When Gloucestershire-based travel photographer Peter Adams first saw the miles of tulip fields that stretched across the landscape of North Holland, he knew knew he would return in an aircraft. Having shot everywhere from Iceland to Namibia, the photographer explains aerial photography “always gives [him] a high that lasts days.” Years after his initial trip, Adams kept tabs on the tulip season through bed and breakfast proprietors living near the fields, and he journeyed back just prior to the harvest.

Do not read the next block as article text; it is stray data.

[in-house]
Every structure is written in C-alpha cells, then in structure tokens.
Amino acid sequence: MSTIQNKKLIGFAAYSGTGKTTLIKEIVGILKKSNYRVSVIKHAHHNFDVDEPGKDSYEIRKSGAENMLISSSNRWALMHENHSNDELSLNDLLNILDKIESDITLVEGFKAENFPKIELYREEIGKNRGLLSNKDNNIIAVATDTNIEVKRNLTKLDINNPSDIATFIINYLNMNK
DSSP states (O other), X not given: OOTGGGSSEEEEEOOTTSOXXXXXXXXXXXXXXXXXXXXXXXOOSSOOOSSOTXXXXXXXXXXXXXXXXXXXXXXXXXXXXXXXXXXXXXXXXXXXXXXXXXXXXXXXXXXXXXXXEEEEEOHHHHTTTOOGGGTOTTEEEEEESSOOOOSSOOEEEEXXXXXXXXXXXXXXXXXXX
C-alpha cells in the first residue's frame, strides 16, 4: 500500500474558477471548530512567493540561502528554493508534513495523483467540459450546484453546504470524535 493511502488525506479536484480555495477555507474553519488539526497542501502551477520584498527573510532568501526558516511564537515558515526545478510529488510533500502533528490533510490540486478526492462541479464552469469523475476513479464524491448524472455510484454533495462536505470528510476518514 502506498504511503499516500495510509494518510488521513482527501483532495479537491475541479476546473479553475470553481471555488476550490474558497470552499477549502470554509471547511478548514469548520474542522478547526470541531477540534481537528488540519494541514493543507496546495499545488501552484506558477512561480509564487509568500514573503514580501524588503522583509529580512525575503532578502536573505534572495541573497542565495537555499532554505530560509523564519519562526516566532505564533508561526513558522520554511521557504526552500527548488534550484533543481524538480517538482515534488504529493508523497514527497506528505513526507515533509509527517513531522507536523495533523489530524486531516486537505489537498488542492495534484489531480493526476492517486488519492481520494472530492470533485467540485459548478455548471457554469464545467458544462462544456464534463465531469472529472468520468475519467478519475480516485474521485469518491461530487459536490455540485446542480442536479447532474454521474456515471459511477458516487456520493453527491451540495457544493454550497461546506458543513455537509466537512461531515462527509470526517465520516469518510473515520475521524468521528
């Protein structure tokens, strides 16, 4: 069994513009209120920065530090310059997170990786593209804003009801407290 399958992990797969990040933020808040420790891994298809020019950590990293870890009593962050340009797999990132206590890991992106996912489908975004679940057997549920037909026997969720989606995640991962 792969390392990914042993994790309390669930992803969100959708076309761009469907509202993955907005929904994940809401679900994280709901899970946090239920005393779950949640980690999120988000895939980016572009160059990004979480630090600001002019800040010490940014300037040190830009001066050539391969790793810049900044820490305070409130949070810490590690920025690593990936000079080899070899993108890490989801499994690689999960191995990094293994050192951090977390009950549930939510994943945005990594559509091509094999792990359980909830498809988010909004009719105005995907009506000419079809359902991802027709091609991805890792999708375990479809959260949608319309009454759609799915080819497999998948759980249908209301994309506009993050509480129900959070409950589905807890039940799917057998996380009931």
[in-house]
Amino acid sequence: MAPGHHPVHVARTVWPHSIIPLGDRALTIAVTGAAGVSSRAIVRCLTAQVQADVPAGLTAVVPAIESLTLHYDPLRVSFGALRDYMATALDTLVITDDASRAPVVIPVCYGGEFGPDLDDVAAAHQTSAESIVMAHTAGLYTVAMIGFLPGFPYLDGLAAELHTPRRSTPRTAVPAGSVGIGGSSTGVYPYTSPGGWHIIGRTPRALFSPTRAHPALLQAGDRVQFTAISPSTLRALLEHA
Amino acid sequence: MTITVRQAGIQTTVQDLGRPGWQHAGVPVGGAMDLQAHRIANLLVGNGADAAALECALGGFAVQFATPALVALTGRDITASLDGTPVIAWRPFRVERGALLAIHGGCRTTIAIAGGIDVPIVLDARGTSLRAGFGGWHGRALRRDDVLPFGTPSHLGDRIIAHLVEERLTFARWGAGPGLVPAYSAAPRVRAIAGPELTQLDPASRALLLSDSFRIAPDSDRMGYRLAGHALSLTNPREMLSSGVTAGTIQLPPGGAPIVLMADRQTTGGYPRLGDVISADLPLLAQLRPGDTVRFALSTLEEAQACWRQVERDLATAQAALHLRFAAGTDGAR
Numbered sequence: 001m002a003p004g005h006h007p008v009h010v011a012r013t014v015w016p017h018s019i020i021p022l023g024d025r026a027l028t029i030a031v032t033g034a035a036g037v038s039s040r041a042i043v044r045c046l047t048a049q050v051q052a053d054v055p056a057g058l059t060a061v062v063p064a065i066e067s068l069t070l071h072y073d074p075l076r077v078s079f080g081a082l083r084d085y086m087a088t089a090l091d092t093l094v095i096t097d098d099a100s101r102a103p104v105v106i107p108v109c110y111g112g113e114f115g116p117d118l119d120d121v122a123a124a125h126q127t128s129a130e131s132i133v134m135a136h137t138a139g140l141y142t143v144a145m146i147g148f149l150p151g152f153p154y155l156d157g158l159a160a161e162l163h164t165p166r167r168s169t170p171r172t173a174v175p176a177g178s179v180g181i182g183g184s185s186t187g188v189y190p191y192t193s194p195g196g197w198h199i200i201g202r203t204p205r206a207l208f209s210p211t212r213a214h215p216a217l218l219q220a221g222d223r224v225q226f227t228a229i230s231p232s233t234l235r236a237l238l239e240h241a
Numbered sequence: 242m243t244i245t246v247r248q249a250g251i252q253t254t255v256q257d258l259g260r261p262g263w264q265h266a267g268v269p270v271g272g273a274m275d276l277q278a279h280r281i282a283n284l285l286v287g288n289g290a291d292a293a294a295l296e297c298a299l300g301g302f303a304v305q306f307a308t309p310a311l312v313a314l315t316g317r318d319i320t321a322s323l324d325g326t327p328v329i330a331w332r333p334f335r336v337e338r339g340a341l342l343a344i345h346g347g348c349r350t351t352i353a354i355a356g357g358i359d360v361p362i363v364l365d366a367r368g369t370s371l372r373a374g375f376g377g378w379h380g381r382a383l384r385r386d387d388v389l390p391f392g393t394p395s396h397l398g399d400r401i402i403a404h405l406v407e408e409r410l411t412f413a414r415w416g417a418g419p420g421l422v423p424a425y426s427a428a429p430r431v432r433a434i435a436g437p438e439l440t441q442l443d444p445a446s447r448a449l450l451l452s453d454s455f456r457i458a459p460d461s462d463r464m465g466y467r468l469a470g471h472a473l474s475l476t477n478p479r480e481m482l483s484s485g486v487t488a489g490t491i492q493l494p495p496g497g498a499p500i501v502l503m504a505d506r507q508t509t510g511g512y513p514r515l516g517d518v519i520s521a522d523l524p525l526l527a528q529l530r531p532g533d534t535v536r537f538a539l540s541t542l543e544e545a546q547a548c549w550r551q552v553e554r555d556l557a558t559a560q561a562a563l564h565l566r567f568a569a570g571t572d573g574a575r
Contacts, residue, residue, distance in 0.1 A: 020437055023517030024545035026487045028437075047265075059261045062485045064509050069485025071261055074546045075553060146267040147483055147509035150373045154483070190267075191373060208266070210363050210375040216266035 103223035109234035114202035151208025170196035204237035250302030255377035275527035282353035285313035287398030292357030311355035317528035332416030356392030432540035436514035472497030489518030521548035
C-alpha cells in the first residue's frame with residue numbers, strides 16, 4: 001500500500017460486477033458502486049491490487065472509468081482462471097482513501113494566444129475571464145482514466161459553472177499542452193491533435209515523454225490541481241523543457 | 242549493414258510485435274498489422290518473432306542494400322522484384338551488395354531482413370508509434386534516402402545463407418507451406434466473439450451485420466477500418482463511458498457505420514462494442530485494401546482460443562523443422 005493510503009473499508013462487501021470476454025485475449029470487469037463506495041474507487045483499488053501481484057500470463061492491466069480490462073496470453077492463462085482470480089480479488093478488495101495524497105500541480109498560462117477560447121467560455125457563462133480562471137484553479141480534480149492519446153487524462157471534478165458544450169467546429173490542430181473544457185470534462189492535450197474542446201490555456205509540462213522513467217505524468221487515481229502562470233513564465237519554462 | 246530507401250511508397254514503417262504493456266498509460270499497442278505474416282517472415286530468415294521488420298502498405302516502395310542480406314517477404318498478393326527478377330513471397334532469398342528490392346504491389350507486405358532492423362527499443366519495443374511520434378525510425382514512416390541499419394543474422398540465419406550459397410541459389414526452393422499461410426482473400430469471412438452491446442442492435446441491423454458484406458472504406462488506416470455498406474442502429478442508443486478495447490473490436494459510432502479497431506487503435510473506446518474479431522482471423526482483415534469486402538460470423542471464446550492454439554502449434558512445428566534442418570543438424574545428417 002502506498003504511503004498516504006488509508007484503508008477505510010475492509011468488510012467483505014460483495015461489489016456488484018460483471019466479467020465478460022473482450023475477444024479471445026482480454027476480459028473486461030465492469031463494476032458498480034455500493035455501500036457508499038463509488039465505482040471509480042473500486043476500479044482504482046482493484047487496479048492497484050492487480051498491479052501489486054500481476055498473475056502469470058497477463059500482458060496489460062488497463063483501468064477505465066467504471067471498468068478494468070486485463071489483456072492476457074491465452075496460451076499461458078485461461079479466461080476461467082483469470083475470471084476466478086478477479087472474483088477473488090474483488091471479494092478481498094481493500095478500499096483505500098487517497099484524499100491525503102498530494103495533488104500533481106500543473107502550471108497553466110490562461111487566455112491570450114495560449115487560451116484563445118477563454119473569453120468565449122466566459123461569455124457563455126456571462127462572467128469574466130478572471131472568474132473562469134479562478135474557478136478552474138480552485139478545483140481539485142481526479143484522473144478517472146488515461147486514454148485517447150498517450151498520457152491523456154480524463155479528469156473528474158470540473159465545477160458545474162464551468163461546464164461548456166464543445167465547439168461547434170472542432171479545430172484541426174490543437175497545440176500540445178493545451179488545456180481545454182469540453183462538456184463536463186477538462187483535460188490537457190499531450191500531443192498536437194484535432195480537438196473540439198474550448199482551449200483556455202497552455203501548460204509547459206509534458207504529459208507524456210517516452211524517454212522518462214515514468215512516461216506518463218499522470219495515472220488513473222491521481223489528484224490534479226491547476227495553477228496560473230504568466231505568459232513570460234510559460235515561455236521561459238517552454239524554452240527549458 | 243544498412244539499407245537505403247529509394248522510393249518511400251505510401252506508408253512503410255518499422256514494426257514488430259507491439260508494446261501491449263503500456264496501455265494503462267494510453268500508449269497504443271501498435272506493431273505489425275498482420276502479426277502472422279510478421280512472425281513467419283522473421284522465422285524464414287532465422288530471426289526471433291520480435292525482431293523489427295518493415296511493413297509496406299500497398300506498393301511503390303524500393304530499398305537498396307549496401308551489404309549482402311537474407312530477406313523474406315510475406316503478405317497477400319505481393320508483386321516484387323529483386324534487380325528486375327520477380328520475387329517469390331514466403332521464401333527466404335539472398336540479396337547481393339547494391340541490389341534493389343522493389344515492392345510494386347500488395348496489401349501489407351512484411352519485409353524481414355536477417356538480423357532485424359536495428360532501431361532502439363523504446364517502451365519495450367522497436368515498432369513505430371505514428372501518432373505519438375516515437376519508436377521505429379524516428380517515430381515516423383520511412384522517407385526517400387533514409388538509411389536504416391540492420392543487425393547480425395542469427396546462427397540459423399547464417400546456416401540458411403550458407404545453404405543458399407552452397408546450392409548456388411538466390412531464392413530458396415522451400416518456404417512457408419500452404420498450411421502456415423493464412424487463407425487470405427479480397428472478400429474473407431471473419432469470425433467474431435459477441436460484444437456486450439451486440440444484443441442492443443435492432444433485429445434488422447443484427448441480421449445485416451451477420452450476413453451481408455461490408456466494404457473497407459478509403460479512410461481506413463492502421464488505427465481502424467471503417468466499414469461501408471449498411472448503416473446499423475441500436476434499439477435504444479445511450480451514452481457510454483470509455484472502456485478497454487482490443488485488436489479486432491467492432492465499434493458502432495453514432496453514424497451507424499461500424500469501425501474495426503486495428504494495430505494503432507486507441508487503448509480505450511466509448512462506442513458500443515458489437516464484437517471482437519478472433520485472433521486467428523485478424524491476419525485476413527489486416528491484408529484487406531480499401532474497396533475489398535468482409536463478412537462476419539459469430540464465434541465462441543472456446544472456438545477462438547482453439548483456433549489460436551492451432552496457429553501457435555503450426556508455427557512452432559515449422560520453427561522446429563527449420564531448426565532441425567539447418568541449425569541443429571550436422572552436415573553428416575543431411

Unlike most floral imagery, Adam’s breathtaking aerials push the fields into the realm of abstraction, removing the blossoms from their usual context. Miniaturized and arranged in perfect grids and stripes, individual tulip stems give way to a harmonious, geometric gestalt. In some of the images, Adams includes field workers and flower pickers to provide subtle clues into the relative scale and purpose of the enigmatical landscape.
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